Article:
Oklahoma City Thunder v Miami Heat

2012 NBA Finals: 50 Observations

26 Comments

The most entertaining Finals of probably the last fifteen years begins Tuesday night in Oklahoma City. With that here are 50 thoughts, observations, and predictions as the Oklahoma City Thunder face the Miami Heat in the 2012 NBA Finals.

1. This is going to be fun.

2. I’m not talking like “oh, hey, we’re going to go to the cabin and play board games with some other couples” fun. I’m talking “seven-day bender in Vegas” fun.

3. These finals feature the best individual talents in the league, at the same position, head-to-head. It’s two dominant players in their primes (or approaching their primes in Durant’s case, how terrifying is that?) going toe-to-toe for the NBA championship. You will not find two better basketball players on the planet than the two leading their teams onto the floor Tuesday night.

4. The “second fiddle” players on each team have a combined 44.5 PER in the playoffs, averaging a combined 44.6 points, 10.1 rebounds and 9.7 assists per game in the postseason. So that’s pretty good.

5. Speaking of, that’s going to be an incredible matchup when they run into one another. Dwyane Wade is still a tremendous defender and yet is wholly outmatched by Russell Westbrook’s speed and athleticism. Westbrook is a tenacious defender but not very skilled and with Wade going to the post more and more, that could get downright nasty for stretches.

6. You’re dealing with two of the best players in attacking in transition, with Westbrook’s top-end speed arguably the best in the league and Wade a master of getting his man out of position for the Euro-step.

7. This cannot be emphasized enough. Transition defense is the most important part of this series outside of turnovers.

8. There’s going to be a 1-to-1 ration on “team that wins turnover battle” and “team that wins the game” in this series. You let either one out with numbers, and you might as well call yourself a cab to get back home or to the hotel. It’s over.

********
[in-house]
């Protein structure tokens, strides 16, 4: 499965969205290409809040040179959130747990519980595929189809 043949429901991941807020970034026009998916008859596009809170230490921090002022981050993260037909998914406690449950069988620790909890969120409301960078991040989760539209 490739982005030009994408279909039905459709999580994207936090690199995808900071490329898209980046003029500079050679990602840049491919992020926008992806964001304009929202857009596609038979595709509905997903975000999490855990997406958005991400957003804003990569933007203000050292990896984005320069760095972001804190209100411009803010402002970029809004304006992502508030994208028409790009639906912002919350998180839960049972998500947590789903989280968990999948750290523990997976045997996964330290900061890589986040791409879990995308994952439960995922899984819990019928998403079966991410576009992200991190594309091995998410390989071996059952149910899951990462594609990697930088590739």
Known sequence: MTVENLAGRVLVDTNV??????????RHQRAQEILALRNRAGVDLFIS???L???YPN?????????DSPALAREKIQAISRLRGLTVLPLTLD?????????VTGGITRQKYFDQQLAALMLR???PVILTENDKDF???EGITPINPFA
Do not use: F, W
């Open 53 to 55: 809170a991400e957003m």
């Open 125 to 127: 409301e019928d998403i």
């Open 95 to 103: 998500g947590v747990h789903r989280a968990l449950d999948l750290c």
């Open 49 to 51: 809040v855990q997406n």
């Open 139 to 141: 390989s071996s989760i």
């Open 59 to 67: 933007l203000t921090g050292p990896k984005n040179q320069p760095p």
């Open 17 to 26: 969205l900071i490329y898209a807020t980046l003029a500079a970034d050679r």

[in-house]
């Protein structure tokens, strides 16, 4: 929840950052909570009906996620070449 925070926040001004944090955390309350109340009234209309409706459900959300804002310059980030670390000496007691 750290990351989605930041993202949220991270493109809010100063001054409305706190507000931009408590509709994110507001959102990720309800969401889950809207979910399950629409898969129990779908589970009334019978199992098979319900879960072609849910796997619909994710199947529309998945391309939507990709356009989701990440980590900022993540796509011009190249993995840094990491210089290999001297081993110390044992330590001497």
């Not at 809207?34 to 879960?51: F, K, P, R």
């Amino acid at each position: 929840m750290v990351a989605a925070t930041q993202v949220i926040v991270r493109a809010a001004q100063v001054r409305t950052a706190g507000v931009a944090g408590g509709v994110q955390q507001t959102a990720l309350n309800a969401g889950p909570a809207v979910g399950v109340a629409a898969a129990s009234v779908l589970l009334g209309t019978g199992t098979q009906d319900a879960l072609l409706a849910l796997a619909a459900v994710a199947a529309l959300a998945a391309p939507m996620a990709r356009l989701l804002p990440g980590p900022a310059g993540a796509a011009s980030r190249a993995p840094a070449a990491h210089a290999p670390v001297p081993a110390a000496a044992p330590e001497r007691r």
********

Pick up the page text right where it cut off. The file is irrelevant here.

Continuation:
9. But on long rebounds, which there will be a lot of in this series, due to the number of mid-range jumpers the Thunder take and the number of threes the Heat take, that’s where transition defense matters. Ibaka and James on chasedowns (don’t discount Wade’s ability to block shots). Getting out on trailer shooters, something both teams struggle with. It’s going to be a suspense movie every time there’s a break.

10. Trying to establish Harden’s impact is difficult. He’s going to make plays, but how will he react against the help defense for Miami, the best he’s going to have faced? Can he handle that much ball pressure and make the right pass? But on the other end of it, Wade or Battier may go for some of his fakes and once he gets space, the whole offense hits another gear. Big matchup.

11. That sound you just heard was Serge Ibaka swatting a Wade baseline pivot floater into Muskogee.

12. And the sound after that was Ibaka biting harder on a Chris Bosh pumpfake than a squirrel on a nut.

13. Ibaka has to shoot that mid-range jumper. It’s not a matter of hitting it, he’s good enough to hit it i he doesn’t get the yips. But Bosh’s length is going to give im pause. Can’t hesitate. Has to fire.

14. Kendrick Perkins and Udonis Haslem are going to get in a fight. This is not a prediction, it is a fact.

15. Perkins is going to average 4 fouls per game in this series, and most nights I’d take the over.

16. The control for the glass is going to be interesting because you have a series of good rebounders none of whom are dominant physically. Allowing extra possessions to these offenses is a bad plan.

17. The Heat have faced no offense that even comes close to Oklahoma City.

18. The Thunder have faced no defense that resides in the same universe as Miami.

19. The best weapon for Miami might be the trap on Westbrook. If they run the 1-3 pick and roll, clearly you can’t leave Durant open, but if he’s moving right to left towards the wing and Durant’s at top of the key, a help defender can close on Durant and force Westbrook into making either a jump-pass or cross-court pass under durress. That’s where you want him, but if he’s routinely breaking it you have to abandon it.

20. The objective needs to be taking the Thunder out of their comfort zone and trusting the defensive pressure to force mistakes. There’s nothing super complicated about the Thunder’s offense and as a result, there are fewer outlets if the first two options are pressured. Create cross-court passes, entry passes in traffic, dribbles through multiple defenders and the Heat can force their bread and butter, turnovers.